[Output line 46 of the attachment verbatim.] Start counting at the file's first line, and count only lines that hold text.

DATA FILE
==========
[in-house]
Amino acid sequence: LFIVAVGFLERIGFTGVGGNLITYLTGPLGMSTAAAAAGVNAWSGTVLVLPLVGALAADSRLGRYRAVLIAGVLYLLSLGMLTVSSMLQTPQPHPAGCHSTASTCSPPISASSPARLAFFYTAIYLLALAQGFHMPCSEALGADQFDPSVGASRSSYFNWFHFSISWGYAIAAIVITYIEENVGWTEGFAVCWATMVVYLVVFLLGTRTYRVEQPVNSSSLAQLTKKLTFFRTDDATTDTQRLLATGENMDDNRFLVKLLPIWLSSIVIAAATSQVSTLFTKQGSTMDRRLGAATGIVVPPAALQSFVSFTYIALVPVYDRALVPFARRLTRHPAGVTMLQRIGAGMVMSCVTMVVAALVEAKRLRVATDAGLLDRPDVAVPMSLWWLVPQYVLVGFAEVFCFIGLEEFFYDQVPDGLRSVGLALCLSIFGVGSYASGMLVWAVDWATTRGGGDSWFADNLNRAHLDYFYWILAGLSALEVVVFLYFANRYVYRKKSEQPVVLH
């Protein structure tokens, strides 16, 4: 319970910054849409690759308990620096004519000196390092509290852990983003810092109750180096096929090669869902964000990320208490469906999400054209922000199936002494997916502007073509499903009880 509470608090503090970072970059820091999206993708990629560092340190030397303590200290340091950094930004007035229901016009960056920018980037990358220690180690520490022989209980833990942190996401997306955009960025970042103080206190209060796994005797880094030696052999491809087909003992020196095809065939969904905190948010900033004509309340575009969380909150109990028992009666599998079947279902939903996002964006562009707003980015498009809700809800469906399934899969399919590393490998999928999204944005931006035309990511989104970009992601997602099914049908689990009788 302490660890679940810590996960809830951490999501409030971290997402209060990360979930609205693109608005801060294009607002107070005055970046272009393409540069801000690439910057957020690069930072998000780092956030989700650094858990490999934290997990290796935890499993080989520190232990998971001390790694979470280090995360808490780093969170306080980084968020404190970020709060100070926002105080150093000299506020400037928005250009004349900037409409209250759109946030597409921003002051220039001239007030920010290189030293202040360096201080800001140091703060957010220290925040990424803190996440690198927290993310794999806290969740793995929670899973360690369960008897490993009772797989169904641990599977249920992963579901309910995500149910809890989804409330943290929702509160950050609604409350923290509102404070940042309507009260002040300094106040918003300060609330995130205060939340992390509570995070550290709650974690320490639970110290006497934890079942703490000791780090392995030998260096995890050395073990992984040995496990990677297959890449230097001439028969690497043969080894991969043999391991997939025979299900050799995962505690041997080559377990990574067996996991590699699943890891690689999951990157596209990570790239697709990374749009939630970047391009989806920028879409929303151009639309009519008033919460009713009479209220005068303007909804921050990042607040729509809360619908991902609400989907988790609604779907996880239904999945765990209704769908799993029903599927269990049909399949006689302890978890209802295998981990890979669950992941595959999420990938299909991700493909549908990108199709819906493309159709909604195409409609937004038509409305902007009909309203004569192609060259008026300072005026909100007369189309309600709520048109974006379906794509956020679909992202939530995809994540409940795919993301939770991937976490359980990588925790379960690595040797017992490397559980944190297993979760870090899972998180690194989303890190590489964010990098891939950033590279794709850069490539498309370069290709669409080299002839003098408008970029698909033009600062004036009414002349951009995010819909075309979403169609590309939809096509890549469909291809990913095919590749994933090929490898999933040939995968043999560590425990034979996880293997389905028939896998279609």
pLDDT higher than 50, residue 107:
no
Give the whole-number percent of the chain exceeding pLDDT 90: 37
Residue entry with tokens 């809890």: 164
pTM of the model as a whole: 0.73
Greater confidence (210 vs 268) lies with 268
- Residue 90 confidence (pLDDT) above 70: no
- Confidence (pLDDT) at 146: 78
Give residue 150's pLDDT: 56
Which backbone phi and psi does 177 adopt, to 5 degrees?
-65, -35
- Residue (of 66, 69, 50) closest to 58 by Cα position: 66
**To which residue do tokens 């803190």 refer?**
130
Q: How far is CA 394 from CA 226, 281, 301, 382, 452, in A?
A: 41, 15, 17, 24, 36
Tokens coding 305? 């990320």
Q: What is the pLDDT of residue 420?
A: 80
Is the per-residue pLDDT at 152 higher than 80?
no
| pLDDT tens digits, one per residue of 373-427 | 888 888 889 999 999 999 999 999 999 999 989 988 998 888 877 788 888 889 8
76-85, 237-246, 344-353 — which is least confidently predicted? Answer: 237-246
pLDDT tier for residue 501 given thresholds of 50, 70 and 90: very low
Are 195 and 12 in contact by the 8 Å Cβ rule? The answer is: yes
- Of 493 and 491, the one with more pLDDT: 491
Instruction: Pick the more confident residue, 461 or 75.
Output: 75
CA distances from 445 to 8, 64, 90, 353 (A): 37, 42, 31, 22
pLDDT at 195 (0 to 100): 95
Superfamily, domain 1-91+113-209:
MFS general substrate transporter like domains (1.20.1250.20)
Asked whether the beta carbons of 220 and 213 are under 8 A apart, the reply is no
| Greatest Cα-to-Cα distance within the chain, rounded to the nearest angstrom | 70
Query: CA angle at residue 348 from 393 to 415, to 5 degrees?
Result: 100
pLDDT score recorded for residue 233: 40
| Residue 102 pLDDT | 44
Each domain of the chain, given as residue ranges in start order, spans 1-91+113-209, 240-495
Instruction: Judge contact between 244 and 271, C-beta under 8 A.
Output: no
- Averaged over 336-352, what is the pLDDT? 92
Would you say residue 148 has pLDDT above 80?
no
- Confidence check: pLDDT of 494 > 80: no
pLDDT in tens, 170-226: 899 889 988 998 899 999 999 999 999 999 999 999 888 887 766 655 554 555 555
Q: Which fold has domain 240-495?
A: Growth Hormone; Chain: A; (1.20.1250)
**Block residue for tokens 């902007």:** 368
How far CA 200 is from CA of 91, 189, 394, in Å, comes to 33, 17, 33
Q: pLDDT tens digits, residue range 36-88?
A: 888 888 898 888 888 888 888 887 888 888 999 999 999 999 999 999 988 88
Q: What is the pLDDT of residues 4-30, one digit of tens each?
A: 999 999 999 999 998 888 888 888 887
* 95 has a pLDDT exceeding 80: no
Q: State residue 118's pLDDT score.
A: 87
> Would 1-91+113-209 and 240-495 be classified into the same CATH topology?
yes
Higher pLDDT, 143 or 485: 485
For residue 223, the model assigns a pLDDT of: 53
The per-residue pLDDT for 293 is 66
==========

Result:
Would you say residue 148 has pLDDT above 80?